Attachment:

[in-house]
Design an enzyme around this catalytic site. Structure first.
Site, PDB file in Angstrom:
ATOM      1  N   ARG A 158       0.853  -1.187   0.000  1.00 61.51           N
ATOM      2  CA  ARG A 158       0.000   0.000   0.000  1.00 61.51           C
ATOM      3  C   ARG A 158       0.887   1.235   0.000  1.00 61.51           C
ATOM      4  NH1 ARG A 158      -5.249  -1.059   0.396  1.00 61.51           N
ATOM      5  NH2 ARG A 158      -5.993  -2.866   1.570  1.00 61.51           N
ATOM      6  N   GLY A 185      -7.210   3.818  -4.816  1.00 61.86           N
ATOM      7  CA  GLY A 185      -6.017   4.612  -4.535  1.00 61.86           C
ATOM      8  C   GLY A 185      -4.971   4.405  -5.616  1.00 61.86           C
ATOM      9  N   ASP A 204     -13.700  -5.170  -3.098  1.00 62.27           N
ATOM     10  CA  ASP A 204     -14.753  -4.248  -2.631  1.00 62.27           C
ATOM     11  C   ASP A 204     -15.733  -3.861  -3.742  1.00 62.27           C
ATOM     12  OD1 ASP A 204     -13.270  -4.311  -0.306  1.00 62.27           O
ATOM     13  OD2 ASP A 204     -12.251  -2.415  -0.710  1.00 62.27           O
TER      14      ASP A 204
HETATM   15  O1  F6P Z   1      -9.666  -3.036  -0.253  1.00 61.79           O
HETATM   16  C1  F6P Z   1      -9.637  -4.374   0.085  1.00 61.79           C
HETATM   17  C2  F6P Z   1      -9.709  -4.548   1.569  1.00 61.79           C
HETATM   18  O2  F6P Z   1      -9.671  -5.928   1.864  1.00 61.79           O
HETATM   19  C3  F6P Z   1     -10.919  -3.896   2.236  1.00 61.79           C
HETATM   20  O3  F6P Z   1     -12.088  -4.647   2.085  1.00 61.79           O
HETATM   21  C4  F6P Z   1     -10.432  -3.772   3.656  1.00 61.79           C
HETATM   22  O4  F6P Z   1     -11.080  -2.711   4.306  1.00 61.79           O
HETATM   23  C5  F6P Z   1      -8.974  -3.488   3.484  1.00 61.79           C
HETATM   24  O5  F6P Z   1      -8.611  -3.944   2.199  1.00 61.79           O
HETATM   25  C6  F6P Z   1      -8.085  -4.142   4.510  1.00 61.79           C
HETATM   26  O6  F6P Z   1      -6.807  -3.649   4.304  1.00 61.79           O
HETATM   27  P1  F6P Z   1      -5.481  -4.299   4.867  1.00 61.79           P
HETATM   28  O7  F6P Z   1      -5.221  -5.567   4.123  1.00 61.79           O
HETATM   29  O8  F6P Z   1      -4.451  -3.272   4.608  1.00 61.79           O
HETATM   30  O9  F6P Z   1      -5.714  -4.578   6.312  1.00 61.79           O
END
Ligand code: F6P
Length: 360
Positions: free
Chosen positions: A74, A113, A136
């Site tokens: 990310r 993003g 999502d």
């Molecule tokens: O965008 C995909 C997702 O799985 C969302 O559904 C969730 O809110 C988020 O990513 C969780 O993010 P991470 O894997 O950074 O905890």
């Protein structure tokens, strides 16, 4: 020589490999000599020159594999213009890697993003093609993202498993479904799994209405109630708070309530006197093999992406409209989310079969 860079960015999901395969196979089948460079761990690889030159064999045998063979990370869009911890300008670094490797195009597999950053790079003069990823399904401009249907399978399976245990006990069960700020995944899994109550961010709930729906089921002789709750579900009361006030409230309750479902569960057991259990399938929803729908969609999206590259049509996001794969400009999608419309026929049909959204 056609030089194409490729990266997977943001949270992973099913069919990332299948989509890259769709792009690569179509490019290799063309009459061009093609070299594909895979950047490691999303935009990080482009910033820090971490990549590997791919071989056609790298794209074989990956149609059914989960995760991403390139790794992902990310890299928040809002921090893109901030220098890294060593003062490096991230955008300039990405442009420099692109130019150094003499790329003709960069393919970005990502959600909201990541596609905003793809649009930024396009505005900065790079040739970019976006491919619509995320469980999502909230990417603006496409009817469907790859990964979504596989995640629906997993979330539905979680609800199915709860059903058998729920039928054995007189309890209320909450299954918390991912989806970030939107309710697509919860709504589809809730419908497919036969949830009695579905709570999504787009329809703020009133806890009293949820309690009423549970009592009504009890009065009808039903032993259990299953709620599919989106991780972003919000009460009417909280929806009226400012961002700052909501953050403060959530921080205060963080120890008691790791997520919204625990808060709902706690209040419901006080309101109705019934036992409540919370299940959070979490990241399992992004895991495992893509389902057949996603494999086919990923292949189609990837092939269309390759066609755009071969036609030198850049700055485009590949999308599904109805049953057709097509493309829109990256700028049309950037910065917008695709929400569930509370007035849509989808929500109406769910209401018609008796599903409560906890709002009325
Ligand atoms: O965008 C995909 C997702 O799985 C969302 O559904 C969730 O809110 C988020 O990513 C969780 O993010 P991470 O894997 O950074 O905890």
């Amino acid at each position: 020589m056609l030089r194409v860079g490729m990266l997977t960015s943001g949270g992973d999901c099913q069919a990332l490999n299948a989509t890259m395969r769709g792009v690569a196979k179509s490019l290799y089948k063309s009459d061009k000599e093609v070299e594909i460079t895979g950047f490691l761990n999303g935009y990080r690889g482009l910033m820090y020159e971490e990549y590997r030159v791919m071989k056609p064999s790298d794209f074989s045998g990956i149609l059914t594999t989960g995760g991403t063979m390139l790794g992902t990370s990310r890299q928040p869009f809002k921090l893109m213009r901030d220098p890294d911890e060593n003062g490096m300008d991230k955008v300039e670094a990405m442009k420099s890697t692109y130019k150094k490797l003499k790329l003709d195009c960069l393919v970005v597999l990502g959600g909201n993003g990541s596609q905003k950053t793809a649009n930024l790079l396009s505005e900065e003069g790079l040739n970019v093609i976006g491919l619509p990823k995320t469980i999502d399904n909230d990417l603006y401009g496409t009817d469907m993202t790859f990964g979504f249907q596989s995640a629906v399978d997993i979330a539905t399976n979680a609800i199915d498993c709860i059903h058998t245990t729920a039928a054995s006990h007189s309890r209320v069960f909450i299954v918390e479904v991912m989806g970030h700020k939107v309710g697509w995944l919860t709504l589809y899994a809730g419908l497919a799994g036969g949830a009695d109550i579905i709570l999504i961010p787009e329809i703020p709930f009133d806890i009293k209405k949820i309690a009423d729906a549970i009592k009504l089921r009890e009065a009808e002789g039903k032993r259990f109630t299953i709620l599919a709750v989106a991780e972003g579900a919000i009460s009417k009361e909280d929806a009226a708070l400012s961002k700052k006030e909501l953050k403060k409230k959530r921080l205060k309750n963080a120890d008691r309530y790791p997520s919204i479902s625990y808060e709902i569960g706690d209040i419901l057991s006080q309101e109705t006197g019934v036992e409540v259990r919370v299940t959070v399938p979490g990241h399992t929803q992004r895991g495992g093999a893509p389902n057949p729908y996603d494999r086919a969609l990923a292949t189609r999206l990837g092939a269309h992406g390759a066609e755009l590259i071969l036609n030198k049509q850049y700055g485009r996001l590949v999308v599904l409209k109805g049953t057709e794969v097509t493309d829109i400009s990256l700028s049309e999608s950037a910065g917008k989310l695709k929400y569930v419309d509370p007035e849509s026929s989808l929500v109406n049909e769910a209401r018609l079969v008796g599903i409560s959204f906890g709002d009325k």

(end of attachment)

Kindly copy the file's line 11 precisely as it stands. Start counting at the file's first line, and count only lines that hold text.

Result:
ATOM      8  C   GLY A 185      -4.971   4.405  -5.616  1.00 61.86           C